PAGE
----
GHANA – The National Biosafety Authority (NBA), Ghana, has held a one-day sensitization forum on modern biotechnology for 20 district agricultural officers at Abokobi, in the Ga East Municipality of the Greater Accra Region.

The forum was meant to enhance the knowledge of participants on Genetically Modified Organisms (GMO) and its regulation in Ghana.

Participants were drawn from Ministry of Agriculture divisions, crops directorate, extension directorate, veterinary services directorate, women in agriculture.

Speaking at the programme, Mr. Eric Amaning Okoree, the Chief Executive Officer of the NBA, said the campaign was to inform the officers of the new developments in that field and the regulatory measures the government was putting in place to safeguard its impact on the environment and human health.

He said it was important for agricultural officers to understand the regulatory procedures, and measures spelt out by the law as well as its implementation.

“GMO does not come into public domain without rigorous regulations. Any GMO which receives the seal of the regulatory body involved in the regulatory chain does not cause any harm,” Mr. Okoree stressed.

He further explained that GMOs have been regulated in the country since 1996 and had not caused any disease anywhere in the world.

The CEO said GMOs that pass through biosafety agency had also received the permit from the regulatory agencies and were good for consumption.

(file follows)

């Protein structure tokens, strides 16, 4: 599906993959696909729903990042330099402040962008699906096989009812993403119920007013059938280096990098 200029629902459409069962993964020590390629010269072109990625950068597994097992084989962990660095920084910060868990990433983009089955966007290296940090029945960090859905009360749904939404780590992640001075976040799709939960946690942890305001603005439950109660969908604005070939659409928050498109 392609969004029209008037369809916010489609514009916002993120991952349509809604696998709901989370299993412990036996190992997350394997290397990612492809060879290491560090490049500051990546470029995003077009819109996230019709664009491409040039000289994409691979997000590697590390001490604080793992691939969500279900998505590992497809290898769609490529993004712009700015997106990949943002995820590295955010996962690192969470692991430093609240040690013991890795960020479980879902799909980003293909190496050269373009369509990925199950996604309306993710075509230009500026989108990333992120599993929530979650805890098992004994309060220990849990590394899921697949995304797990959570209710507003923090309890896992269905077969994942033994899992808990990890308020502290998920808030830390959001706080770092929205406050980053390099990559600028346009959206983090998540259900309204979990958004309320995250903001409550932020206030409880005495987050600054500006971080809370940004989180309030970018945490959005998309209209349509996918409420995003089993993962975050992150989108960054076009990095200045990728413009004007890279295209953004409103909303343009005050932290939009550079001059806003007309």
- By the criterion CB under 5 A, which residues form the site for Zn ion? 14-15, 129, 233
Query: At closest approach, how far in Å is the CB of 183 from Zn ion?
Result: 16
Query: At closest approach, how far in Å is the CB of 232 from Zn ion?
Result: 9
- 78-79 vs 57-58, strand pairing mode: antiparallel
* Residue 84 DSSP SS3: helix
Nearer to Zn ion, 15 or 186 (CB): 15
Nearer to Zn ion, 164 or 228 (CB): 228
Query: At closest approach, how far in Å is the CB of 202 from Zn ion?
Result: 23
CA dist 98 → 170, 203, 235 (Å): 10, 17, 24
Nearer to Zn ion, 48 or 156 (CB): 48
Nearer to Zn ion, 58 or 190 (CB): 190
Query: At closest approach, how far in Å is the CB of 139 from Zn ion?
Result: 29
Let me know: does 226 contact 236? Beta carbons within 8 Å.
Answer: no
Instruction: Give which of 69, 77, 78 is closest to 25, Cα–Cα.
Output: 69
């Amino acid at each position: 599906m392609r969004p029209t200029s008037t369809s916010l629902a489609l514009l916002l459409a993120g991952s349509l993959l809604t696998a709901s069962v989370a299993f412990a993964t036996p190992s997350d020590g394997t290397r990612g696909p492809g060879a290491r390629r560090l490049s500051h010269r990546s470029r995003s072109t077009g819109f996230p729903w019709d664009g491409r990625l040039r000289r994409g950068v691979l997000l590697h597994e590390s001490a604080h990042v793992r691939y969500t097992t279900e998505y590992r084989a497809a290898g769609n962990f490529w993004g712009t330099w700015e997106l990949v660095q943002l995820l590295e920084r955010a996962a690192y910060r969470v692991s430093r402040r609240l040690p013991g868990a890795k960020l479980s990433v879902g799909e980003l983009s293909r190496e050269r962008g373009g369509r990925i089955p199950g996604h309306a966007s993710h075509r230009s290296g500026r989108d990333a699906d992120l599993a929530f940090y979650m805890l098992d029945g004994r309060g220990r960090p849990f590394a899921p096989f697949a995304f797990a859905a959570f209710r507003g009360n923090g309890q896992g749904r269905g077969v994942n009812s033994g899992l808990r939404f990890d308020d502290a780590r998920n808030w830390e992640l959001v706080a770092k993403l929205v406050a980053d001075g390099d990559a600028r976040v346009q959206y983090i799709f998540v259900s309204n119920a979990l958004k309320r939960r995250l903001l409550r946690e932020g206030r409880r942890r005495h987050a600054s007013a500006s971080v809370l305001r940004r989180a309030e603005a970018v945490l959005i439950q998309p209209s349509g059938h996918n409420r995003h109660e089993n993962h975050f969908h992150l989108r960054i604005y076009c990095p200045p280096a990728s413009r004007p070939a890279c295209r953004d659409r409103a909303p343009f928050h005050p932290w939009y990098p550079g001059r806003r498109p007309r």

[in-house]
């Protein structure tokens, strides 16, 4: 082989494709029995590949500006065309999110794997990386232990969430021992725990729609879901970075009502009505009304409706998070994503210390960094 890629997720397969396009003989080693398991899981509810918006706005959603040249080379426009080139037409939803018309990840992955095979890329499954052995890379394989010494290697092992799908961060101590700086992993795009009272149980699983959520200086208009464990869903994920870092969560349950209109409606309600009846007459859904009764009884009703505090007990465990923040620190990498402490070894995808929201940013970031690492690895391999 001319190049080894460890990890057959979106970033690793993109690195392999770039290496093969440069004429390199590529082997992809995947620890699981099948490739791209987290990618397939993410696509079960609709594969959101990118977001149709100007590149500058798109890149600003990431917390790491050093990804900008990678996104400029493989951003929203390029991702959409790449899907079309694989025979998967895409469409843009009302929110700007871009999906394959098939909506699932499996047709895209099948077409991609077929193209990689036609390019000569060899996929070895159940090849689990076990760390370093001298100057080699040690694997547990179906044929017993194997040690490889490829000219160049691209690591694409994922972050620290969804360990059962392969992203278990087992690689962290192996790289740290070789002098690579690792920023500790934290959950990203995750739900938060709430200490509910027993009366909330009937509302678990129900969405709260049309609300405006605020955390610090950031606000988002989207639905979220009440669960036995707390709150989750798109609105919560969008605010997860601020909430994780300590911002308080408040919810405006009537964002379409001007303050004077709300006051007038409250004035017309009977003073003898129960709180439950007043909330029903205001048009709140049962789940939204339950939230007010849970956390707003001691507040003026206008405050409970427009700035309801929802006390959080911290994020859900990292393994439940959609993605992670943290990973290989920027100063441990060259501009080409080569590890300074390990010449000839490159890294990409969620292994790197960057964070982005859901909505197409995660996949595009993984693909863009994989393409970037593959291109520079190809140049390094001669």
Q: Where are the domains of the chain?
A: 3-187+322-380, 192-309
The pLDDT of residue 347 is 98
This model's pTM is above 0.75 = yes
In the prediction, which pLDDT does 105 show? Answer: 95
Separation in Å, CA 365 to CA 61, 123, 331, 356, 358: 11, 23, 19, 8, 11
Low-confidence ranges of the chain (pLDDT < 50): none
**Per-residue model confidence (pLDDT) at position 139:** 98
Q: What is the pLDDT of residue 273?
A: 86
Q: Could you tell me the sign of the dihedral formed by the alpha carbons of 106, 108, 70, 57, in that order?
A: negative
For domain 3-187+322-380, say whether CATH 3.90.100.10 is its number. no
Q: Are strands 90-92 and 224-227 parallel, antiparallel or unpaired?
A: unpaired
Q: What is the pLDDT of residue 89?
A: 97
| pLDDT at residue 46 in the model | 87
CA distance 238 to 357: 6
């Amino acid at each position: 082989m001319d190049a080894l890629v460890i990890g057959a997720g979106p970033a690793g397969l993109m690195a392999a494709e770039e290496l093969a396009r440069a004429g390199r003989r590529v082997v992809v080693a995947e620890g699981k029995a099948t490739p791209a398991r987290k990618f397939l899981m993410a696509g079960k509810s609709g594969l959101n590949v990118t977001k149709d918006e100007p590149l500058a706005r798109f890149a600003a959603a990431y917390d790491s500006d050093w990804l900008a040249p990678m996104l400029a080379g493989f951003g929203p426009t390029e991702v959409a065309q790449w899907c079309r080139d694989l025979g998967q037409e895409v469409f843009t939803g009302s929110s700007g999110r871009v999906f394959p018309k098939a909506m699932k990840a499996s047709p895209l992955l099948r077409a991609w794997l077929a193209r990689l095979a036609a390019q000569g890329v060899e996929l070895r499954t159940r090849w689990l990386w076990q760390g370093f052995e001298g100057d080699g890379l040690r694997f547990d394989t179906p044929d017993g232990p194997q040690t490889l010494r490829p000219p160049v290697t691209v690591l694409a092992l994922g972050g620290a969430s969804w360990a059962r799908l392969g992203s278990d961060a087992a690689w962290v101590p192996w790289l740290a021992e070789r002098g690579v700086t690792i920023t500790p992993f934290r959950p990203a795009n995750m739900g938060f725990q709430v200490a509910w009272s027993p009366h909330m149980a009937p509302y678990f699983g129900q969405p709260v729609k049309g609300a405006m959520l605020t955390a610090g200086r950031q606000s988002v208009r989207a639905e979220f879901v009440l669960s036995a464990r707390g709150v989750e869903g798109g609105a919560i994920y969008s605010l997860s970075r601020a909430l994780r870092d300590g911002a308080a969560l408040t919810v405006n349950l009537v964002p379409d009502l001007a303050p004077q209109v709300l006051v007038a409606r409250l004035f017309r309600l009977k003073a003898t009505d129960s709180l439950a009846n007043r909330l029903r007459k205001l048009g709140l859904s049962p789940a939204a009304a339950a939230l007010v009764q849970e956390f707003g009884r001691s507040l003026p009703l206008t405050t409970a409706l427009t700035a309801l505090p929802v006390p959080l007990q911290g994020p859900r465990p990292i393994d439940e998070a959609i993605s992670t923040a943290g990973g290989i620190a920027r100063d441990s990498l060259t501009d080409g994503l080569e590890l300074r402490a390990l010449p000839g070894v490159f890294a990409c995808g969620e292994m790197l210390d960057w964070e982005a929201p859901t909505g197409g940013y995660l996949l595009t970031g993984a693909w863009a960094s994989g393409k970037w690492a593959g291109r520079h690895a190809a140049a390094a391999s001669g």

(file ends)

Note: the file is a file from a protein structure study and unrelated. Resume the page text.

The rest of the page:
In bid to approve the country’s first GM crop, NBA is currently seeking comments from the public to guide its decision-making process.

Follows almost 10 years of research, scientists at the Savanna Agricultural Research Institute (SARI) of the Council for Scientific and Industrial Research (CSIR) submitted a request to the NBA for the environmental release of the pod borer resistant cowpea (PBR).

PBR cowpea exhibits very high levels of resistance to the legume pod borer, which is responsible for yield losses up to 80 percent.

Ghanaian farmers and consumers will benefit from PBR cowpea as a result of higher yields, lower costs of inputs, greater on-farm safety because of reduced pesticide usage and decreased pesticide residue on the beans.

Seed producers and scientists in Ghana have continuously expressed frustration over the government’s delayed approval of the PBR cowpea, due to rising prices of seeds caused by pest infestation.

The CSIR first submitted their environmental release request in January 2020. However, they were asked to re-apply at a later date once a new governing board was elected. The 13-member board was sworn in in December last year and has since set out to continue the PBR cowpea approval process.

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